Greetings from Botswana!
Written by Henry (Hank) Dodge, (Colby College)
Hello world! The students of the 2017 spring semester arrived in Maun on February 2nd after over 20 exhausting hours of travel. As we were greeted by our enthusiastic (and awesome!) instructors Kaggie, Ben, and Sixteen, we all finally were able to let the realization that we were going to spend the next three months in Africa sink in. Our group of eight consists of four males and four females hailing from states all across the country including: Montana, Wisconsin, Vermont, New Hampshire, Pennsylvania, Massachusetts, and Connecticut.
On Day One we were picked up at the airport and drove to our campsite just outside of Maun. This would be our home for the next four days as we got over jet lag and learned about the work we would be doing this semester, as well as the academic program that would supplement our fieldwork. After short introductions (and a few naps here and there) we headed over to the Okavango River Lodge for a relaxing dinner on the river and more opportunity to get to know our instructors and each other. We ate well and everyone crashed early after a long travel day.
Day Two was highlighted by more camp basics (hashing out a cooking/dish duty schedule) and other miscellaneous tasks around camp. We also had a chance to go into Maun and buy some essentials for the field and see more of the town we were living in. Day Two was highlighted by a special presentation given by Round River’s partners at the Okavango Research Institute and the Botswana’s Department of Wildlife and National Parks. These presentations emphasized the significance of the ongoing efforts of Round River, as well as the impact the work has on the local communities who manage the community trusts around the delta. We all left the presentation not only with a greater understanding of the work we would be doing for the semester but also with a greater appreciation for the opportunity we have to contribute to an incredible conservation effort.
Readings for each class were handed out on Day 3 and we had our first lectures in Conservation Biology and the Natural History of Botswana as well as a lesson in Setswana from Sixteen. The preliminary lectures gave us a better understanding of the Okavango delta as well as a way to better communicate with the locals. Ever since the first Se tswana lesson we’ve been practicing! On Super Bowl Sunday we had the chance to go birding with Jamie, a local guide who is a friend of our instructors. Although we just walked around the area where we were camping, we were able to find some incredibly beautiful and rare birds including the Thrush Nightingale and African Emerald Cuckoo. Jamie was also so knowledgeable about every call that we were all able to learn a lot of valuable information that will help us in the field. The rest of the day was spent getting ready to go to our first concession (NG34) and that evening we went to a cultural presentation in Maun that informed us about the local customs and traditions. We spent the night dancing and playing traditional games before returning to camp to a feast prepared for us by our instructors.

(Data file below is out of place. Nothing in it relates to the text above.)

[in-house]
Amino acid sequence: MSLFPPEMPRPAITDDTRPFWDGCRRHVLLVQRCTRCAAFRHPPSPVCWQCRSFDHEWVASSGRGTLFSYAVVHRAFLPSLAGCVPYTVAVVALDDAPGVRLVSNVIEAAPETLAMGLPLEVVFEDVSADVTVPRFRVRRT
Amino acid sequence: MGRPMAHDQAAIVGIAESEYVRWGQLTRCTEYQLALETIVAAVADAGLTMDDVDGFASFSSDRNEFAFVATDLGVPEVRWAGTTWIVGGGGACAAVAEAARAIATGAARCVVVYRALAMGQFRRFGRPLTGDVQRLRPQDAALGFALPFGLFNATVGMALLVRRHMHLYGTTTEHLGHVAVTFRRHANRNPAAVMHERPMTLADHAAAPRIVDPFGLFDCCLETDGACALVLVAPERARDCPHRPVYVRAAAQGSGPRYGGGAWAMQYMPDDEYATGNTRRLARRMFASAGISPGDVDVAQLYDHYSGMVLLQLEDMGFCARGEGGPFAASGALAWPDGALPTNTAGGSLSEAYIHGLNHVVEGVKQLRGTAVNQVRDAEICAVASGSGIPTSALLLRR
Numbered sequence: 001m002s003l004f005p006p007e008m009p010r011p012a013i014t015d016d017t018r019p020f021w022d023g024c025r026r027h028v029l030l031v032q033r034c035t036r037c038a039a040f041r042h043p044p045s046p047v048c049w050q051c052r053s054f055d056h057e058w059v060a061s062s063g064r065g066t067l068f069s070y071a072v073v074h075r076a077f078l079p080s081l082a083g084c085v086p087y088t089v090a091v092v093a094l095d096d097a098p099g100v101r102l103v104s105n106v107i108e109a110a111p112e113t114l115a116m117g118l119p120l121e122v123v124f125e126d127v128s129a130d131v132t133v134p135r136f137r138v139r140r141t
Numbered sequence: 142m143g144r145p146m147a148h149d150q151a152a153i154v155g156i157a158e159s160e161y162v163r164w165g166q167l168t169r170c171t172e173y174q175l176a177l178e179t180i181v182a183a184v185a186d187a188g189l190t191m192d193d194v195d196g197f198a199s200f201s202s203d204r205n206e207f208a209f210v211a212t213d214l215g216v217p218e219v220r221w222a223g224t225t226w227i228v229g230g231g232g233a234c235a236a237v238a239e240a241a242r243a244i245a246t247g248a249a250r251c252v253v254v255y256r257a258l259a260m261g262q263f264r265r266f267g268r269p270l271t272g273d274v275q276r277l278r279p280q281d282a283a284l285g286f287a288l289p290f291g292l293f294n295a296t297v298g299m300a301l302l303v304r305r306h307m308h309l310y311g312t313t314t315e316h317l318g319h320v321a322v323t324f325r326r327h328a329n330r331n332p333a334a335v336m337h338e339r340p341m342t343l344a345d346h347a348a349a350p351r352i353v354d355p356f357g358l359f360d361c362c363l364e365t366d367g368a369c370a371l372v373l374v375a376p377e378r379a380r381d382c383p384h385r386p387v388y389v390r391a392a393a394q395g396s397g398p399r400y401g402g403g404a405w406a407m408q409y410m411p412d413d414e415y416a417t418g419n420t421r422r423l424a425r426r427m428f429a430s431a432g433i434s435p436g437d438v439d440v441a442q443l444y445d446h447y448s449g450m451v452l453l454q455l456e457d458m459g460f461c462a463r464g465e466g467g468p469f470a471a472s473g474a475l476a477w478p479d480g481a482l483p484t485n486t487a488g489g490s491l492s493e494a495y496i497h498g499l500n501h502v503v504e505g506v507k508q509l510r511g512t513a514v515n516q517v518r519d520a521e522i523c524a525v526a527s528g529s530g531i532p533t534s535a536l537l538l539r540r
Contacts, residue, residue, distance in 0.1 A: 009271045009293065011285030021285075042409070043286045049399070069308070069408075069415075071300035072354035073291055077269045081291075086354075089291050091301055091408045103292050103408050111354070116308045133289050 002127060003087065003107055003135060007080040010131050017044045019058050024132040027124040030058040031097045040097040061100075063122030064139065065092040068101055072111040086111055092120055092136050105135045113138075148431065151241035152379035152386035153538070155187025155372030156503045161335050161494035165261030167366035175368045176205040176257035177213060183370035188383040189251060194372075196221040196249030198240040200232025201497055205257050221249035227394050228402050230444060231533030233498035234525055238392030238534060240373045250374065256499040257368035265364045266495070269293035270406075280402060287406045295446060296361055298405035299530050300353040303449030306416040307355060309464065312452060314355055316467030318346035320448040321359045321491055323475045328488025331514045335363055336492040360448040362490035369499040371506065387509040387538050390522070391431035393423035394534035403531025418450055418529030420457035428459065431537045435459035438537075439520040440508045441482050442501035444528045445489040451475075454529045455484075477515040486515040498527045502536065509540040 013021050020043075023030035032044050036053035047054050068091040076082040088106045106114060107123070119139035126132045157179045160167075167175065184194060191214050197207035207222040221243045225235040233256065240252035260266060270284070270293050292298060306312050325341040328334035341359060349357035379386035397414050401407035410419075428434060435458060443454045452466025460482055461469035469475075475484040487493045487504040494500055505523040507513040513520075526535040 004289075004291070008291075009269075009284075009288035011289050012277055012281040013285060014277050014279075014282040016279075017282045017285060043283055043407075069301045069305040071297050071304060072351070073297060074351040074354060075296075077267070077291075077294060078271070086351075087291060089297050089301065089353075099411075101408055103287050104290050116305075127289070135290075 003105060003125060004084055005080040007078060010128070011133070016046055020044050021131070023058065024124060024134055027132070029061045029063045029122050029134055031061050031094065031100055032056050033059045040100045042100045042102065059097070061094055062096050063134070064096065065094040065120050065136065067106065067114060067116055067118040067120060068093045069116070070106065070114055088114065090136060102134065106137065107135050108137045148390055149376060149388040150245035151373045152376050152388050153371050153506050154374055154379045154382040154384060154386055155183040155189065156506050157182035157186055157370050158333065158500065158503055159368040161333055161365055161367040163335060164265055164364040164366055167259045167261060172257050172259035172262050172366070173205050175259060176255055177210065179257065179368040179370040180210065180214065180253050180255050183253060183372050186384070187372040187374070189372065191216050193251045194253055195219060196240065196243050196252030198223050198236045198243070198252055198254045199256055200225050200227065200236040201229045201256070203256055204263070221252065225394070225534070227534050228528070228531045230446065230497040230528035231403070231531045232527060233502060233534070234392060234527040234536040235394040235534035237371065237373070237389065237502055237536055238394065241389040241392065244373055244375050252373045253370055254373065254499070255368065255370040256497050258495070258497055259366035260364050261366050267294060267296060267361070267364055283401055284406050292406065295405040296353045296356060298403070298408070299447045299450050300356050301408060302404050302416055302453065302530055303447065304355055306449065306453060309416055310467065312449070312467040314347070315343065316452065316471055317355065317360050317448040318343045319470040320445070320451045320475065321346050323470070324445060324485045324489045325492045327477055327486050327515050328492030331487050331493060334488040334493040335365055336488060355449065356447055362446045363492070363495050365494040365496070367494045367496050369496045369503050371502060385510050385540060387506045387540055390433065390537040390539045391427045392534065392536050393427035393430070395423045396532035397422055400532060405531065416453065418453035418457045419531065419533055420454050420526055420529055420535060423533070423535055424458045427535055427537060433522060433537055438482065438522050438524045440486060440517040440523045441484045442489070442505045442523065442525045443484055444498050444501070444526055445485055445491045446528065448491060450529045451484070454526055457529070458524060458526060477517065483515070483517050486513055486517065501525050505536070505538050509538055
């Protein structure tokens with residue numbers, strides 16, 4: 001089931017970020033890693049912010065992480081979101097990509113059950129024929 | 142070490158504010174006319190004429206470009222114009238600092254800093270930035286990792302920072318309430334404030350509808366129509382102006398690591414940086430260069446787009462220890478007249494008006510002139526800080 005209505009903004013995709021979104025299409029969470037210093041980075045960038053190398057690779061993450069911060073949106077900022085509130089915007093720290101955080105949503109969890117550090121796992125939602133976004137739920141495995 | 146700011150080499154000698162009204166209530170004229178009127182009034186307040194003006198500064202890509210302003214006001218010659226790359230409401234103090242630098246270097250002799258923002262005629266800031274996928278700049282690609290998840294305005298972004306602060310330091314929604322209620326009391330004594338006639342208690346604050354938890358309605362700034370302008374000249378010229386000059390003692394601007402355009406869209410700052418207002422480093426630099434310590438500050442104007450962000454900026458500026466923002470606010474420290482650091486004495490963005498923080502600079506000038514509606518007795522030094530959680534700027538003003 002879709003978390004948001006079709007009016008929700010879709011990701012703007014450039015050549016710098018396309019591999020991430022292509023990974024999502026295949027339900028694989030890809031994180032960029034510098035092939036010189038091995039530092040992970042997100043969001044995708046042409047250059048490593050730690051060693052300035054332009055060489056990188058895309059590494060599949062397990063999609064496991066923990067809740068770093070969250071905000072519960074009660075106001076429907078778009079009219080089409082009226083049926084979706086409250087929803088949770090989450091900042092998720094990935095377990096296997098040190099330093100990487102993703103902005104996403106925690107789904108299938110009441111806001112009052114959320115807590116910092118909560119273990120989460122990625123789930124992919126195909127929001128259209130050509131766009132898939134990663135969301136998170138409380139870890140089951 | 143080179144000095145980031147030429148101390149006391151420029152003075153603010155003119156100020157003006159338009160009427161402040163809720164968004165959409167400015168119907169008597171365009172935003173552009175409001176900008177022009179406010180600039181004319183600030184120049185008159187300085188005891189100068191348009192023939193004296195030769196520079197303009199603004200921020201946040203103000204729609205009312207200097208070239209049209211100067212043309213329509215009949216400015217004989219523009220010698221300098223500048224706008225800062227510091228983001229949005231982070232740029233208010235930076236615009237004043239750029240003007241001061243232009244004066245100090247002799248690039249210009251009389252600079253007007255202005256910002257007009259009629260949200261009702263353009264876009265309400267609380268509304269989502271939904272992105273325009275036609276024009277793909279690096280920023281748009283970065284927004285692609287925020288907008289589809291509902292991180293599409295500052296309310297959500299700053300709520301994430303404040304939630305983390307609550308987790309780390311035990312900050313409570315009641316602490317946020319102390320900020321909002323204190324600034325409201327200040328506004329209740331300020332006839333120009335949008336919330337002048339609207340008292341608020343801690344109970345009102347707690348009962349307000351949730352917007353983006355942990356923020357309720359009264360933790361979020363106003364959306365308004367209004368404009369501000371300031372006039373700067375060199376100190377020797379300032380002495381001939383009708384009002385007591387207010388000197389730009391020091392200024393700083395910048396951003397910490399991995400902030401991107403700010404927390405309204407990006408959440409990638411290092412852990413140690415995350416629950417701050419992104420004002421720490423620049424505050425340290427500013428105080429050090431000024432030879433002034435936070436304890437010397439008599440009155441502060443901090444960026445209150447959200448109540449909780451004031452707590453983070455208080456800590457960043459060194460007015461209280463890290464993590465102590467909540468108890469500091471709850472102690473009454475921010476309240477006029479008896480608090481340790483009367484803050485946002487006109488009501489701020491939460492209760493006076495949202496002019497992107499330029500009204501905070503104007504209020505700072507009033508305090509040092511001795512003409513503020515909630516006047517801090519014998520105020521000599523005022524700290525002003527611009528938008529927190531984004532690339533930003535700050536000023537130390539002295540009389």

On Monday we packed up camp and hit the road. One of our three trucks (Franklin) was still in the shop so we had to squeeze into two and hit the road to our first field site. As we navigated the wet roads we were able to see our first glimpses of African wildlife. This year has been one of the wettest years ever in the Okavango Delta and it showed as our cars had to navigate lake sized puddles and submerged roads on our way to camp. We set up our tents and the rest of camp as dark clouds started to move in and eventually the sky opened up and it rained all night.
We heard lions calling during our first night in the field and in the morning we woke up to three elephants hanging out just a few meters from camp. All of us are itching to start going on transect drives and recording data. It’s already hard to believe the semester has only just started but we’re all stoked to call this amazing country home for a few months. More updates come in the next few weeks!